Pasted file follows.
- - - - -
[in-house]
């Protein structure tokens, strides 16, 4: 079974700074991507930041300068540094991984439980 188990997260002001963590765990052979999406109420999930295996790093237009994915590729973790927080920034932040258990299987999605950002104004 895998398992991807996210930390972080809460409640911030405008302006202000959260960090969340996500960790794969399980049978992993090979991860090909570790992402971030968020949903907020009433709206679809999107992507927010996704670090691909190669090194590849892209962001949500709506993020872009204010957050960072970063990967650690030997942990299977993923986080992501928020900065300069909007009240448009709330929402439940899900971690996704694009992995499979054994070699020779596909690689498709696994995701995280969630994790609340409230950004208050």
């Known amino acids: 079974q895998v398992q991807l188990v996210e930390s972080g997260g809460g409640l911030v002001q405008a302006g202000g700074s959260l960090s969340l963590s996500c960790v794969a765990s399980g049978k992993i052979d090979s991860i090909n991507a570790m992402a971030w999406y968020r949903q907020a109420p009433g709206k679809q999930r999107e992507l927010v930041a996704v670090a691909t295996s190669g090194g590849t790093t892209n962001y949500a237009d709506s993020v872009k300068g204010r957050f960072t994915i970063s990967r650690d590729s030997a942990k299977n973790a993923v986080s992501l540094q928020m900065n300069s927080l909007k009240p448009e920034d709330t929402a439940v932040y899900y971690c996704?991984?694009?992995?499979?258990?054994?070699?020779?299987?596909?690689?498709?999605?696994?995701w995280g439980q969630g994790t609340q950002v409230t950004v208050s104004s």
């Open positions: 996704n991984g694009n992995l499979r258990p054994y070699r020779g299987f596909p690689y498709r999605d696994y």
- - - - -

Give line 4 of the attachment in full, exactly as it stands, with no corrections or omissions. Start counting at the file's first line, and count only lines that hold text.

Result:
């Open positions: 996704n991984g694009n992995l499979r258990p054994y070699r020779g299987f596909p690689y498709r999605d696994y």